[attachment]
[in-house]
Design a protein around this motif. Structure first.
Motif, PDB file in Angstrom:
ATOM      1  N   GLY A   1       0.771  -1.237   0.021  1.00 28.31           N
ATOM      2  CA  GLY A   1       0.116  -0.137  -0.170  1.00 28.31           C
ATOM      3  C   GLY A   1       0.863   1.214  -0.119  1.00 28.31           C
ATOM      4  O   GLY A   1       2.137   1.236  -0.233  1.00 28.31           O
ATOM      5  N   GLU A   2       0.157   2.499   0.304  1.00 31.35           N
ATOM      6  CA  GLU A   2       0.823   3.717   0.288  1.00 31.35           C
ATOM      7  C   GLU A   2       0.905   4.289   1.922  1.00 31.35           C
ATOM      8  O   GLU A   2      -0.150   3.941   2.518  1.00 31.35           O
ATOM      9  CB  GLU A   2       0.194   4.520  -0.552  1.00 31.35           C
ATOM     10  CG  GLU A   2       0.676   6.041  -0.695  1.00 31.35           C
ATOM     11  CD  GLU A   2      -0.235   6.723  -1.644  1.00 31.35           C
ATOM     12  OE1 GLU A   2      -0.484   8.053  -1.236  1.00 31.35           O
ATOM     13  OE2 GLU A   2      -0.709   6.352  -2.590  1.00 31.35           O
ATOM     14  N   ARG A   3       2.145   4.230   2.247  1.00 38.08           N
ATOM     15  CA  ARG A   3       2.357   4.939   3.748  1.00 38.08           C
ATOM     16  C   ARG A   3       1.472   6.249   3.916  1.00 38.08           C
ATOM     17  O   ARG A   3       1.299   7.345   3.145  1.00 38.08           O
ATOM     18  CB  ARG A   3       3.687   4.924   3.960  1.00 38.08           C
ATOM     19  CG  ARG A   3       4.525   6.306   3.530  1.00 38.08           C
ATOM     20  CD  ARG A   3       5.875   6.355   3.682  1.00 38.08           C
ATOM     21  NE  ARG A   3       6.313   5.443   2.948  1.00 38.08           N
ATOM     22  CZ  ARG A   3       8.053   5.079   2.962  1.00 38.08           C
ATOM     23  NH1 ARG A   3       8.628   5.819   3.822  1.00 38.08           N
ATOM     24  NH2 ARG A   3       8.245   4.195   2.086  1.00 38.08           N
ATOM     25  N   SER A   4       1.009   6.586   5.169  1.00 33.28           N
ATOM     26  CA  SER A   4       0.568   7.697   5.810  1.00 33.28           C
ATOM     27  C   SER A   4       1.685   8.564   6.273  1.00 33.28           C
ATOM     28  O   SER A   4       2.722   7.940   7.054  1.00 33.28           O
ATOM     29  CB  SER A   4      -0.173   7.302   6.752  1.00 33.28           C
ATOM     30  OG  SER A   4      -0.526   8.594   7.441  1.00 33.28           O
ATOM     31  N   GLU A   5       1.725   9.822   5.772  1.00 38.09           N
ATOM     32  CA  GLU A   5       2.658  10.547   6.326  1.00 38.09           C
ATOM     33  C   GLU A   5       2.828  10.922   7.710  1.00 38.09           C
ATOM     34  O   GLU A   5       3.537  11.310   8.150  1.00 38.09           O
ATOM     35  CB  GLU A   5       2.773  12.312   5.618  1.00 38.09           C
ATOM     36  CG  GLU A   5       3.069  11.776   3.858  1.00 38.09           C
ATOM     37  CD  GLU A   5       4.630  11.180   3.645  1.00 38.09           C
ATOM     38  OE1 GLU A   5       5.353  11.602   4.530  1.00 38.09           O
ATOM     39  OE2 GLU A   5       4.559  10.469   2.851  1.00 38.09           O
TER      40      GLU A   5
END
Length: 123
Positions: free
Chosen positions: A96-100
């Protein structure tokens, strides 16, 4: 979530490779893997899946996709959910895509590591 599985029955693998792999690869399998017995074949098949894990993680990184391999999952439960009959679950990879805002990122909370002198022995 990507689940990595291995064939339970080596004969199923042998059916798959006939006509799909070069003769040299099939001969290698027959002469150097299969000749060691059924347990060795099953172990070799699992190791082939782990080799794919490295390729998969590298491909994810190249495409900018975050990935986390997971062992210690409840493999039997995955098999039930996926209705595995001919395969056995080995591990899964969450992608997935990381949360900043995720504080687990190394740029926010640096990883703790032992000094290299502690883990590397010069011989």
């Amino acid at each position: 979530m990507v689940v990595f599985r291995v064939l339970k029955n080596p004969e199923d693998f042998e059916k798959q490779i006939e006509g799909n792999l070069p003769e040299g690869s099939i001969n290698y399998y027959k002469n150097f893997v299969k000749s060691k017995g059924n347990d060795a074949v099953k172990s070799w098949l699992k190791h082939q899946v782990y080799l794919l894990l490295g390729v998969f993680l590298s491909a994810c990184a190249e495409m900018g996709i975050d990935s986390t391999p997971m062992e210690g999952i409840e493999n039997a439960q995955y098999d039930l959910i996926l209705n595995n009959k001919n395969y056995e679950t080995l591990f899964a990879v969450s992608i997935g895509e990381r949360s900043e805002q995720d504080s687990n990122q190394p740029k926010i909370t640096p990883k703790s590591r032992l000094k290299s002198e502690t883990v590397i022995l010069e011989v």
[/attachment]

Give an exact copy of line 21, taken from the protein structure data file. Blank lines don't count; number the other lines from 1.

ATOM     18  CB  ARG A   3       3.687   4.924   3.960  1.00 38.08           C